GB No. 4, spring 1991


The natural environment is very much endangered in Poland. It is estimated to be one of the most endangered in Europe, which means also in the world. This estimate is based on the analysis of satellite pictures, data of the Statistical Main Office and also of the Environmental Protection Office.

Degradation of the natural environment has been worsening since the 1950s, especially degradation of the air, water and soil. This fast process is caused by prompt industrialization and urbanization which were developed after last war. Poland as a member of "communistic" system did not benefit from the Marshall plan aid. Each socialistic country had to develop its economy by itself and with the help of the Soviet Union. In order to catch up with capitalistic countries in our economy, military potential and standard of life we built heavy industry. No one was aware of the natural environment's pollution then.

Let's consider the elements of the environment.


The main source of satisfying the need for water is surface water. It is 86% pure. The purity of this water has been getting worse whereas the high quality water, ie. first class, drinking water has been vanishing. In 1967 32% of the length of the Polish rivers was first class. In 1985, it was only 7% of the length of rivers. In truth, however, the volume of first class water is several times less, because our rivers are clean only in spring. The volume is relatively small then.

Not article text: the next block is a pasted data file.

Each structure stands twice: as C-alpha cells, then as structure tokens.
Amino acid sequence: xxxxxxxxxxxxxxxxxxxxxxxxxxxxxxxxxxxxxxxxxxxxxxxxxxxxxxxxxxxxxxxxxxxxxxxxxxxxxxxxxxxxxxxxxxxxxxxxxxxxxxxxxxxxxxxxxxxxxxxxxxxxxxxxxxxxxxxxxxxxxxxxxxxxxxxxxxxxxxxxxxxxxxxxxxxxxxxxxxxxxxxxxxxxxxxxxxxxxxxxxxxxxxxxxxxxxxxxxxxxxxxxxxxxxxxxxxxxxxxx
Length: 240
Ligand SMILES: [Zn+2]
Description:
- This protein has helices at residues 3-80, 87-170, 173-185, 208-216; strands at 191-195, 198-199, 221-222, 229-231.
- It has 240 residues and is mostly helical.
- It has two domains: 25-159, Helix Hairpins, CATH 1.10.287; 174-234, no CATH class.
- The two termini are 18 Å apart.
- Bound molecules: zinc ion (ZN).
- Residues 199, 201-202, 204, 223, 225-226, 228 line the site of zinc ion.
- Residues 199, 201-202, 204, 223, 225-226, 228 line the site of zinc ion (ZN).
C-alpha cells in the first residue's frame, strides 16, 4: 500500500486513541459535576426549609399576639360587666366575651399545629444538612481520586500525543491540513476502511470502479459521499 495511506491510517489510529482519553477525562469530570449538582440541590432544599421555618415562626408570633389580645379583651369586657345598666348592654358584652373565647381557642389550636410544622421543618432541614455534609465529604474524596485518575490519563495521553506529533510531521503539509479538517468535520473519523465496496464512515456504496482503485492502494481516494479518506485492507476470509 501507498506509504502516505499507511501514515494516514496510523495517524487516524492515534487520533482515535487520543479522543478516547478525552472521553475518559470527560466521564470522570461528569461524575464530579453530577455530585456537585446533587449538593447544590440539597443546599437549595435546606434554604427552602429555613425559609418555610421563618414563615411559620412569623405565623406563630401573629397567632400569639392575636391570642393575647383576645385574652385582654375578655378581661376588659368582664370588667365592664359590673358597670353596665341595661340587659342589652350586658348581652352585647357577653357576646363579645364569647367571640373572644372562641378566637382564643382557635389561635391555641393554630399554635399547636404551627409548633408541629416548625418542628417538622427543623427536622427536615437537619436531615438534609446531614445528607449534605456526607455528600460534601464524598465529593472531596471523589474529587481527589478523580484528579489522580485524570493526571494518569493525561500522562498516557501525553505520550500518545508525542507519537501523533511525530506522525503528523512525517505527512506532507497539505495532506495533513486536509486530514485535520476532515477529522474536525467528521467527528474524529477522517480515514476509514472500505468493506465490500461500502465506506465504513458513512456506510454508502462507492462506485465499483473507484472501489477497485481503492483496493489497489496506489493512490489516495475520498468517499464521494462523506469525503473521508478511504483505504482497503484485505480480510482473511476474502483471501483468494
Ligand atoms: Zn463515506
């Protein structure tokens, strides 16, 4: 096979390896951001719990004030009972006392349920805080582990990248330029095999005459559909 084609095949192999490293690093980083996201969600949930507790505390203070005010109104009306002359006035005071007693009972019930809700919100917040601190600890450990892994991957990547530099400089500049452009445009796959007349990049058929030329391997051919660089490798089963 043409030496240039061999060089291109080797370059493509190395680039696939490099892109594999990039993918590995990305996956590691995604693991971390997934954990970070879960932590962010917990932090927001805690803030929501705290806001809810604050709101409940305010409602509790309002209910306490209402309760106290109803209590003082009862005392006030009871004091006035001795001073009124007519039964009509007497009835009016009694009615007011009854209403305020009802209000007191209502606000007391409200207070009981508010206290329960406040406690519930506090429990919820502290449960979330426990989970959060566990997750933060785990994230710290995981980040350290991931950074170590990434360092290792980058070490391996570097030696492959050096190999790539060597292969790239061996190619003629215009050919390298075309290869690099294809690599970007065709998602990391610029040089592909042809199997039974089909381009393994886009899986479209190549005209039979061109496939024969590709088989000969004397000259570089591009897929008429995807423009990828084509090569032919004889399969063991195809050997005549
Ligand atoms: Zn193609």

Waters in Poland are divided into 3 categories, according to our stan- dards. I class is drinkable and III class is the worst one. If we take into consideration the longest Polish rivers it will turn out that:

WISŁA, 1047 km long
(the longest river in Poland);

I class................0%
II class...............0%
III class.............44%
out of all categories 56%

It is so polluted that there is no water in the I or II class and more than a half is morepolluted than the III class water.

ODER, 742 km long (in Poland);

I class................0%
II class..............10%
III class.............36%
out of all categories 54%

WARTA, 808 km long;

I class................0%
II class...............3%
III class.............28%
out of all categories 69%

BUG, 587 km long (in Poland);

I class................0%
II class...............0%
III class.............19%
out of all categories 81%

We have also some special rivers.

Here they are:

NER (128 km long),
KRZNA (120 km long),
BZURA (166 km long) -
100% out of all categories.

This situation is caused by the growth of uncleaned sewage - only 50% of communal sewage and 35% of industrial ones are cleaned. Unfortunately, most of this sewage is cleaned in a mechanical way which relies upon the biological or chemical one. The average efficiency of cleaning is less than 40%.